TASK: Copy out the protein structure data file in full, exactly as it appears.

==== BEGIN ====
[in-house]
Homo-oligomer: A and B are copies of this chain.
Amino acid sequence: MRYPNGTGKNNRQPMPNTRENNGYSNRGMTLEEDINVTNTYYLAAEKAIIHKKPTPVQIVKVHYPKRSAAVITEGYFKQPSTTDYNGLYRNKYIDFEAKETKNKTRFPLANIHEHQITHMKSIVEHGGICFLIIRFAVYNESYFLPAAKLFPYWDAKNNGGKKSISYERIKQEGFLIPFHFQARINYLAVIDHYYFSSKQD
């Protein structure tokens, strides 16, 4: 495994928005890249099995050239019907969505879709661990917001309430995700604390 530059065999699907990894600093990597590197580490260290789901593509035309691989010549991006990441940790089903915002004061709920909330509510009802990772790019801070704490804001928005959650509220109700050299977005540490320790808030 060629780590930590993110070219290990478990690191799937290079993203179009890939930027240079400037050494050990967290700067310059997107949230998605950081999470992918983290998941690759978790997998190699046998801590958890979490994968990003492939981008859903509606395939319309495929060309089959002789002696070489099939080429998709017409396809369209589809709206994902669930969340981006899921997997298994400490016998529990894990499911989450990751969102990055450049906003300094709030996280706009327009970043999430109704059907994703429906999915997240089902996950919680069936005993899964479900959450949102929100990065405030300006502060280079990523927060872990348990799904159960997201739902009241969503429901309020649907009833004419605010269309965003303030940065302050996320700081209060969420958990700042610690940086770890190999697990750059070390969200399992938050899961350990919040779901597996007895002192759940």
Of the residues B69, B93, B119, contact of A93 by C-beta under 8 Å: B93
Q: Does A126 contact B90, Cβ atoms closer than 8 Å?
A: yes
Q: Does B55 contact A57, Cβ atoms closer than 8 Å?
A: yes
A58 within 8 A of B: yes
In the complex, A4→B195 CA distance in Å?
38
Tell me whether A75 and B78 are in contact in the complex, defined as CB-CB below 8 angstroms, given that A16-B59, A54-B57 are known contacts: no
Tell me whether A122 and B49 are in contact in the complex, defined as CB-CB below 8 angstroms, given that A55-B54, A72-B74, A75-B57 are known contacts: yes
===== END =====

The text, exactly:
[in-house]
Homo-oligomer: A and B are copies of this chain.
Amino acid sequence: MRYPNGTGKNNRQPMPNTRENNGYSNRGMTLEEDINVTNTYYLAAEKAIIHKKPTPVQIVKVHYPKRSAAVITEGYFKQPSTTDYNGLYRNKYIDFEAKETKNKTRFPLANIHEHQITHMKSIVEHGGICFLIIRFAVYNESYFLPAAKLFPYWDAKNNGGKKSISYERIKQEGFLIPFHFQARINYLAVIDHYYFSSKQD
């Protein structure tokens, strides 16, 4: 495994928005890249099995050239019907969505879709661990917001309430995700604390 530059065999699907990894600093990597590197580490260290789901593509035309691989010549991006990441940790089903915002004061709920909330509510009802990772790019801070704490804001928005959650509220109700050299977005540490320790808030 060629780590930590993110070219290990478990690191799937290079993203179009890939930027240079400037050494050990967290700067310059997107949230998605950081999470992918983290998941690759978790997998190699046998801590958890979490994968990003492939981008859903509606395939319309495929060309089959002789002696070489099939080429998709017409396809369209589809709206994902669930969340981006899921997997298994400490016998529990894990499911989450990751969102990055450049906003300094709030996280706009327009970043999430109704059907994703429906999915997240089902996950919680069936005993899964479900959450949102929100990065405030300006502060280079990523927060872990348990799904159960997201739902009241969503429901309020649907009833004419605010269309965003303030940065302050996320700081209060969420958990700042610690940086770890190999697990750059070390969200399992938050899961350990919040779901597996007895002192759940």
Of the residues B69, B93, B119, contact of A93 by C-beta under 8 Å: B93
Q: Does A126 contact B90, Cβ atoms closer than 8 Å?
A: yes
Q: Does B55 contact A57, Cβ atoms closer than 8 Å?
A: yes
A58 within 8 A of B: yes
In the complex, A4→B195 CA distance in Å?
38
Tell me whether A75 and B78 are in contact in the complex, defined as CB-CB below 8 angstroms, given that A16-B59, A54-B57 are known contacts: no
Tell me whether A122 and B49 are in contact in the complex, defined as CB-CB below 8 angstroms, given that A55-B54, A72-B74, A75-B57 are known contacts: yes